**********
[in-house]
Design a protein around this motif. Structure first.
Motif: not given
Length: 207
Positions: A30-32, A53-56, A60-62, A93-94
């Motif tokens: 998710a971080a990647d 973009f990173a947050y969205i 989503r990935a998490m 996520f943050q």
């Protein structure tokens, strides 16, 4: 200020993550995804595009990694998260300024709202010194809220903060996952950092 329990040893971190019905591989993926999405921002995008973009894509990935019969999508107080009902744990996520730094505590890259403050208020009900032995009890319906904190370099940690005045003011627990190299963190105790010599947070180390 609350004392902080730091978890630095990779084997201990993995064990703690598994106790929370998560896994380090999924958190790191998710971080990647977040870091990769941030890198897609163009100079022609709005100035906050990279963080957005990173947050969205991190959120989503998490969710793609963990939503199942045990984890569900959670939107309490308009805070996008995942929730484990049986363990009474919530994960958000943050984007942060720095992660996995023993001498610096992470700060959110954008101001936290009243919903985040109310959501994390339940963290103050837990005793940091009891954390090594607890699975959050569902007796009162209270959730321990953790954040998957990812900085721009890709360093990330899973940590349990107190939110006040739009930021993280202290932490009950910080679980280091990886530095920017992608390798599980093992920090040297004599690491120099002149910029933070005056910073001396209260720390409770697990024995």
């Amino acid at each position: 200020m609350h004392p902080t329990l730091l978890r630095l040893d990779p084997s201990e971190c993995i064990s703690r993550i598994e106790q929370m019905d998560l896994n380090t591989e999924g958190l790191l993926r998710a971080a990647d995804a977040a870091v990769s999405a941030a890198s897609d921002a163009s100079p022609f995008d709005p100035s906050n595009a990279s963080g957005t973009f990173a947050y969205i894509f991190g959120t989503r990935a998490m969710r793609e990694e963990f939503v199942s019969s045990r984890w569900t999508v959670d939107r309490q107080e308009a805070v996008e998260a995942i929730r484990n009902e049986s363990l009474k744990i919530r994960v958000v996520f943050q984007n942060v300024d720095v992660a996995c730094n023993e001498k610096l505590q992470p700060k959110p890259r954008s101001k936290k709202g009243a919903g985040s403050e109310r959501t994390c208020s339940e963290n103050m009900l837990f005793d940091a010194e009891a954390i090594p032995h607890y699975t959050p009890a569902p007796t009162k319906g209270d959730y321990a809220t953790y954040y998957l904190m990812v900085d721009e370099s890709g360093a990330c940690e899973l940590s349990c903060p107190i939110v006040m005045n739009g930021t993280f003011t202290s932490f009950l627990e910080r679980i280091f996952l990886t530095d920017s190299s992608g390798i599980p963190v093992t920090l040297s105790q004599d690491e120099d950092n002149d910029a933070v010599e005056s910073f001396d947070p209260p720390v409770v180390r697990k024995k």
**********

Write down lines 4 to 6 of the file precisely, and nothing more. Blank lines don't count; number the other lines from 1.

Length: 207
Positions: A30-32, A53-56, A60-62, A93-94
């Motif tokens: 998710a971080a990647d 973009f990173a947050y969205i 989503r990935a998490m 996520f943050q």